2008-03-14 / Columnists

Eye On Physical Therapy

Commentary By Dr. Tim Rohrs, DPT

My closest friend in physical therapy school was a guy named Adam who was from Glendale. He lived there with his father, mother and brother.

After graduation he also became a New York City firefighter. Although I have lost touch with him for most of the year I call each year on his birthday and he calls me on mine. I understand that he had made the rank of lieutenant and had taken the captain's test.

Soon after graduation, his father passed away. His mother continued to live in Glendale and attend daily Mass at her parish church, which was a few blocks away.

We spoke more frequently in those days and he was telling me that his mother was going to get herself one of those electric scooters.

I was surprised and told him so.

"I didn't know your mother was ill" I remember saying. "She's not, she saw one of those commercials for the scooters, and that Medicare would pay for it, and she decided to get one" he replied.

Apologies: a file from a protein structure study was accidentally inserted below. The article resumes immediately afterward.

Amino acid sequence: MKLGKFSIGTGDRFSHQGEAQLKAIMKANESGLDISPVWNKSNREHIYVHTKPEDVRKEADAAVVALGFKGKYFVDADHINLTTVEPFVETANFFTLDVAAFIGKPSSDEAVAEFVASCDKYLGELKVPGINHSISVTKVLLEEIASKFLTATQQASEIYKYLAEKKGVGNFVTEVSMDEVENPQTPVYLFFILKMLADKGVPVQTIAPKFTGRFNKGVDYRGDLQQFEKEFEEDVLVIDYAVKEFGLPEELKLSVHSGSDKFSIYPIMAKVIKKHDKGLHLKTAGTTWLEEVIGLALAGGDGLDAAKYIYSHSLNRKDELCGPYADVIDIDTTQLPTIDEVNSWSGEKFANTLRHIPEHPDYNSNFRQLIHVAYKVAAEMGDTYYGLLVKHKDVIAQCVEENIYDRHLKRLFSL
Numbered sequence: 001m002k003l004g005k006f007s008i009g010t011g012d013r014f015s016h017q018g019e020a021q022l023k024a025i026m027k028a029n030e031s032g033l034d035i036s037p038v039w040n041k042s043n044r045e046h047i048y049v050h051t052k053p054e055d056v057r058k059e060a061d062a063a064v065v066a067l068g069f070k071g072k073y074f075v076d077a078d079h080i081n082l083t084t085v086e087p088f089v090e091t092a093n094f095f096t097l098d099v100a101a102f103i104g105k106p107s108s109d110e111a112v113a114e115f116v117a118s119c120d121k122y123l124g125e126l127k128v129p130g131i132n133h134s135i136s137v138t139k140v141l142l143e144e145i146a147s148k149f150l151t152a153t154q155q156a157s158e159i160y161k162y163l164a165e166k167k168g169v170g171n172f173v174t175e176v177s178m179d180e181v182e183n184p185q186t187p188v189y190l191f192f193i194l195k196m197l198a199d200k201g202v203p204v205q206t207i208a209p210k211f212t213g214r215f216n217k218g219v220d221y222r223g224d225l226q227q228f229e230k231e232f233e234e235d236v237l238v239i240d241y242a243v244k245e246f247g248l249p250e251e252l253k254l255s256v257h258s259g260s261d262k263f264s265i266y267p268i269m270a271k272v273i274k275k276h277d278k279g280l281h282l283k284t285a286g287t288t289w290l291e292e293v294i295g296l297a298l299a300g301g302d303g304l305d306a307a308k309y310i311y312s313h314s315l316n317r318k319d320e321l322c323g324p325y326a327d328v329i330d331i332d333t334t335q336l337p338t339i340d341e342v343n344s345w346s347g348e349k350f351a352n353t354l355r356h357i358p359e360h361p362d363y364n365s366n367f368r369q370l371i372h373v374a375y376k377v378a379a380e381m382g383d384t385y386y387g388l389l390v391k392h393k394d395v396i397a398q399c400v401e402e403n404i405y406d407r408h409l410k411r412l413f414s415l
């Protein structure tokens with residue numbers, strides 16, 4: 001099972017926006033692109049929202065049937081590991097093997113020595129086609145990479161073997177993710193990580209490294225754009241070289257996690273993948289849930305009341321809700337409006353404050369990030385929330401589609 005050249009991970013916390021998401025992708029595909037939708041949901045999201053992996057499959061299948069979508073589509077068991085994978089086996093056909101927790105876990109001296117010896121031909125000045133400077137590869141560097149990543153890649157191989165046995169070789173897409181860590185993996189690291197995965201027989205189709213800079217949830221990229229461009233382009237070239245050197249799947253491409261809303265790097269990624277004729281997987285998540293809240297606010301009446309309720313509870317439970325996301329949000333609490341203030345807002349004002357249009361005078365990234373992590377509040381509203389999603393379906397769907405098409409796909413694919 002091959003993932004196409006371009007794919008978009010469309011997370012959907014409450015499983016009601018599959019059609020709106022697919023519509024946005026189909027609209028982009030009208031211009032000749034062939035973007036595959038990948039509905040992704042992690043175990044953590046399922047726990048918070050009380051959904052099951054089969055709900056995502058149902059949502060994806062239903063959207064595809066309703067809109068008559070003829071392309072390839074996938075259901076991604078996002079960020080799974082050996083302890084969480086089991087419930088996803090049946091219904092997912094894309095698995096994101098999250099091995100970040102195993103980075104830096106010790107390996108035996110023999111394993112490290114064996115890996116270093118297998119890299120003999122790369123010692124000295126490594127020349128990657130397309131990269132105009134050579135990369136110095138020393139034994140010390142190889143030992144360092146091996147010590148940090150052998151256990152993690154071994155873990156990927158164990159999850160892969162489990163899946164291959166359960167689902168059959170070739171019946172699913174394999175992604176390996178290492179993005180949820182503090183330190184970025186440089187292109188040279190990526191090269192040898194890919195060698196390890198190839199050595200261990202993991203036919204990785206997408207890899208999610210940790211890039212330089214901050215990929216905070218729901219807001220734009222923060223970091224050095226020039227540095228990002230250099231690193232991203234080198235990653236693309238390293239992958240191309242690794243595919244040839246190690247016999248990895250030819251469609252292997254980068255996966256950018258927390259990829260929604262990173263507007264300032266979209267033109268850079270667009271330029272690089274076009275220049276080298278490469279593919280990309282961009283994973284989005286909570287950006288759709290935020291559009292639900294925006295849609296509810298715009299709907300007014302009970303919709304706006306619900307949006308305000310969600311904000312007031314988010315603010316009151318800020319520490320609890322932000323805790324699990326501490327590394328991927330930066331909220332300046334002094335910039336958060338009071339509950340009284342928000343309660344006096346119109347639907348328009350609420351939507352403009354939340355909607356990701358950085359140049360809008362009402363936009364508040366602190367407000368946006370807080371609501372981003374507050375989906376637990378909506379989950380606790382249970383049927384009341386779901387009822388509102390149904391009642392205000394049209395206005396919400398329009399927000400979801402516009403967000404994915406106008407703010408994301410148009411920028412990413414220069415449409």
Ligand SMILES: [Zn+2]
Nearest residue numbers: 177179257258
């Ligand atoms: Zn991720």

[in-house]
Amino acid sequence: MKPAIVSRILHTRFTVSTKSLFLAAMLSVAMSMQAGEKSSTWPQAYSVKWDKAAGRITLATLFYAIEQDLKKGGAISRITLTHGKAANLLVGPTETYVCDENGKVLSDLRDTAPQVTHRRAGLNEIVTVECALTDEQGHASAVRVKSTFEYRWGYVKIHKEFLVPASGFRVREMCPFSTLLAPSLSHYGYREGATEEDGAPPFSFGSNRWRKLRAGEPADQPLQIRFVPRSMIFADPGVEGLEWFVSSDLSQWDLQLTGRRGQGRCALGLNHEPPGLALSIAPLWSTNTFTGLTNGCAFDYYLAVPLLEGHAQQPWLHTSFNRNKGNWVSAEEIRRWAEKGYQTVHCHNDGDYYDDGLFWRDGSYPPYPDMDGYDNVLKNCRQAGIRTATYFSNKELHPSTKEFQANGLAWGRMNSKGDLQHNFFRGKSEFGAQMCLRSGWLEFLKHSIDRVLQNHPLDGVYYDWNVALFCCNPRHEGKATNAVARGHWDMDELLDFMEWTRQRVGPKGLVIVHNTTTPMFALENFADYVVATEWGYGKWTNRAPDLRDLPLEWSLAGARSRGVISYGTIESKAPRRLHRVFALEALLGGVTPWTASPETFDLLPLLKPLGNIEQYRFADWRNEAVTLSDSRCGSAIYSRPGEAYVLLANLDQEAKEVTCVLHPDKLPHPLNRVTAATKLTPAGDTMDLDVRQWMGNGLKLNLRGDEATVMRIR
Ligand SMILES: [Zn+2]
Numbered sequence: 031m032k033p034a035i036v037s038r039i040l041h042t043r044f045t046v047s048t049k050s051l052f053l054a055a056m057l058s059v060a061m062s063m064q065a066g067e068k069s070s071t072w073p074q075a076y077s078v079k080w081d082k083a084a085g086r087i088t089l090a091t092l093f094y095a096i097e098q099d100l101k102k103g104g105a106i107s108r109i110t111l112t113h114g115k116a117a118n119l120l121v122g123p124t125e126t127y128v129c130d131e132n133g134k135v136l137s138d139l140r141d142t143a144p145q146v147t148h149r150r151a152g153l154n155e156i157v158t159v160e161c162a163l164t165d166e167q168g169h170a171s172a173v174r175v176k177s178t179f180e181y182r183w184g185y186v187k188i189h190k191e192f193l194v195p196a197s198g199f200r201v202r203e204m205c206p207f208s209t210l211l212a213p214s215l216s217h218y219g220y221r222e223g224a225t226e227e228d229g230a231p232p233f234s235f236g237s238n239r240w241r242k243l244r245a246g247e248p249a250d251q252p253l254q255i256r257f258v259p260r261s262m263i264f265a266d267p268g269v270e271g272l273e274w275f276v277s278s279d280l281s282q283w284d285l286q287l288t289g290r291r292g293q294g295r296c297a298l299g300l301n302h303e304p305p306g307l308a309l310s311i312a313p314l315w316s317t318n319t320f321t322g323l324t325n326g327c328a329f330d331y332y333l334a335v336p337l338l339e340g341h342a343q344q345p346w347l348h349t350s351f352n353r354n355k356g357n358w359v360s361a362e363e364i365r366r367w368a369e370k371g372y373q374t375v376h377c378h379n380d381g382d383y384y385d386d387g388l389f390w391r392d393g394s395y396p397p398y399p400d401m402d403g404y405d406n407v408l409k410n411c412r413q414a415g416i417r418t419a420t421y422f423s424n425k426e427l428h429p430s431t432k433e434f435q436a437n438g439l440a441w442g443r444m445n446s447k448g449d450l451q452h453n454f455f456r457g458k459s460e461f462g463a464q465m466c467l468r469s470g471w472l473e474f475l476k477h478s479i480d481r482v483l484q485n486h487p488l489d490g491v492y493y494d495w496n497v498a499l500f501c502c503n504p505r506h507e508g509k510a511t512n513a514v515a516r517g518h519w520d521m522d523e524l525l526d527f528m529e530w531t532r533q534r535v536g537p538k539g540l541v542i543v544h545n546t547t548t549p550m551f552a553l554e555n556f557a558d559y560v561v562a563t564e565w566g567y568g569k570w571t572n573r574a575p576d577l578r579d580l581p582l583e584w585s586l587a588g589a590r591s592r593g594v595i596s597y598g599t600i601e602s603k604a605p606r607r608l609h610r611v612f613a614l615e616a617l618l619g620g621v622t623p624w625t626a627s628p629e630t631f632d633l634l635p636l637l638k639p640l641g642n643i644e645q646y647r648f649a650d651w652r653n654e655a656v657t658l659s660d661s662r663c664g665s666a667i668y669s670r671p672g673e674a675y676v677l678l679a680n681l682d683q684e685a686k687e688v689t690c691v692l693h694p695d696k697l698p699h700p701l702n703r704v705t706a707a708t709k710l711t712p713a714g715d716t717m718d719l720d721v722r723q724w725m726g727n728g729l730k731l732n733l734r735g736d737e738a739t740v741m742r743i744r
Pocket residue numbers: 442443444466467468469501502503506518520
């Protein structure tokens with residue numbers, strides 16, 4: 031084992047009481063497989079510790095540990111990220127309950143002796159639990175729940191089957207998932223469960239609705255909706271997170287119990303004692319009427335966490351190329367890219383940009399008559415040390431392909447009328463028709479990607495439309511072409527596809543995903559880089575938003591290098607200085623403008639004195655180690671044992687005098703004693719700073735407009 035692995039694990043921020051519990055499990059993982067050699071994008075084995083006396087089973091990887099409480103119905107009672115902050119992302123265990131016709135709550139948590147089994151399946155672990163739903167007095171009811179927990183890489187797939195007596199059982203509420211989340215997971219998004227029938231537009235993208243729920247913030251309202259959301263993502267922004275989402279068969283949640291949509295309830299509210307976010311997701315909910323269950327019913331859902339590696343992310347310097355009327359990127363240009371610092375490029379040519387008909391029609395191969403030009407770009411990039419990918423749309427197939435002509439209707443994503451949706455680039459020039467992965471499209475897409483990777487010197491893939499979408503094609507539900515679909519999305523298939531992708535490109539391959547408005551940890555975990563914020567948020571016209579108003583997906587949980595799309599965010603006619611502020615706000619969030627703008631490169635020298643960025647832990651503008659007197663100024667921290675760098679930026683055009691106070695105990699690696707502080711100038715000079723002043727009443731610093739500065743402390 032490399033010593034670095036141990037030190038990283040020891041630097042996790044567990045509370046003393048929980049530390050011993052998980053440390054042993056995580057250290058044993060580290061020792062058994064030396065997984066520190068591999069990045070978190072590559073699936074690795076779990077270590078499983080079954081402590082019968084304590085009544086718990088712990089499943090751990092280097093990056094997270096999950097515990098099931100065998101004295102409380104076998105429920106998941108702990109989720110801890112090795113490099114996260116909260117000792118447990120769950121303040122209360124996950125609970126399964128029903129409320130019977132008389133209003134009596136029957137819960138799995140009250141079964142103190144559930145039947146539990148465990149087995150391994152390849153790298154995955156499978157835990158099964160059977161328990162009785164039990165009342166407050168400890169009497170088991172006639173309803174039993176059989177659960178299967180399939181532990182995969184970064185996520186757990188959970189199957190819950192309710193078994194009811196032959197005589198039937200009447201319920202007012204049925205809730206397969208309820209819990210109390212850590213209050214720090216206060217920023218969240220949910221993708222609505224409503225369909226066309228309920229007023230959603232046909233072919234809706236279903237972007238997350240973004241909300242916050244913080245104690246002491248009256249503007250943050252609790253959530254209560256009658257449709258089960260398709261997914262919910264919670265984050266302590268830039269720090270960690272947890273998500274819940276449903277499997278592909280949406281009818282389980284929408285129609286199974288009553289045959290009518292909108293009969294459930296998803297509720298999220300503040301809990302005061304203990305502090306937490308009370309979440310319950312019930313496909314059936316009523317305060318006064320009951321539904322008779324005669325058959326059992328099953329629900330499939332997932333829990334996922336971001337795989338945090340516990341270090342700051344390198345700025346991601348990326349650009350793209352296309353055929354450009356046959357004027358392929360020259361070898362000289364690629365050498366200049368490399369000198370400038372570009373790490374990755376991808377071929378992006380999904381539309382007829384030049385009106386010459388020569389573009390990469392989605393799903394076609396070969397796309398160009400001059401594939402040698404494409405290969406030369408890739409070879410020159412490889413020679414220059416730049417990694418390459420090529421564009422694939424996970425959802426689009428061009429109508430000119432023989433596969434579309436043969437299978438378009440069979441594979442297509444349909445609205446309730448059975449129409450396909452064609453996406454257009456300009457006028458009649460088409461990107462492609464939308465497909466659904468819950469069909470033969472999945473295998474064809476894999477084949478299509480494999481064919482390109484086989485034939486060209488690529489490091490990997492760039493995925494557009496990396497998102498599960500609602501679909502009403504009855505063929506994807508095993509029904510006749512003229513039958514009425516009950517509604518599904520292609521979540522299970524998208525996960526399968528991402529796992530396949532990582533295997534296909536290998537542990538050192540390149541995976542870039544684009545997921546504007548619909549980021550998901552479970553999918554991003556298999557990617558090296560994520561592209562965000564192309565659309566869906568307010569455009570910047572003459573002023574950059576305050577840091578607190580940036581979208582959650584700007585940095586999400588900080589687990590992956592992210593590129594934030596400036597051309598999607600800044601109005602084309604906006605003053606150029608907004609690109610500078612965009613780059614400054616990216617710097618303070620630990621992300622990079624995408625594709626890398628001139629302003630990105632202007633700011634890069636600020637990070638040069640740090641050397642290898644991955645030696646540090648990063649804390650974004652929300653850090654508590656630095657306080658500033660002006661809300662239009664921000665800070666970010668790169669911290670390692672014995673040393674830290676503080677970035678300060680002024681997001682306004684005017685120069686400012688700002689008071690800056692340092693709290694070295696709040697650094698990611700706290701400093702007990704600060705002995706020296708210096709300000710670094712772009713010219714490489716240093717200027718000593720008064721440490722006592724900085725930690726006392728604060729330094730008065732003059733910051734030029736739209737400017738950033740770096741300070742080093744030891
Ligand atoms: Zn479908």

He went on to tell me that he tried to dissuade her; but to no avail, she would not be denied. She explained that her knees ached from time to time and it would help her attend Mass each morning. In addition, she was only going to use it to get to church and do some shopping. Yes, she had a car but the scooter seemed better.

After a year, his mother no longer drove her car and she sold it. Within two years she had to have her sons close the second floor to her home because she no longer could go up and down the stairs. Her joints had become too stiff and too weak. By the third year of scooter life, she sold her house in Glendale and moved to a single level ranch home in Pennsylvania, where there were no stairs.

The commercials for these scooters show elderly people scurrying around having fun in a retirement community. Big smiles abound! "Greater Independence!" The announcer cries out. "Medicare will pay!!" "No cost to you!"

The reality is there is always a cost. Greater independence my foot! Adam's mother had been an independent woman with some knee aches and pains; three years later she was DEPENDANT on that scooter.

She could not get out of that scooter if she tried. She could no longer use stairs. She couldn't walk to church, in a park or anywhere else for that matter.

The change in her legs was gradual and she did not notice how weak she had become.

She was now a prisoner of that scooter. I often wonder if she could go back in time and choose not to get that scooter, would she make the same choices again.

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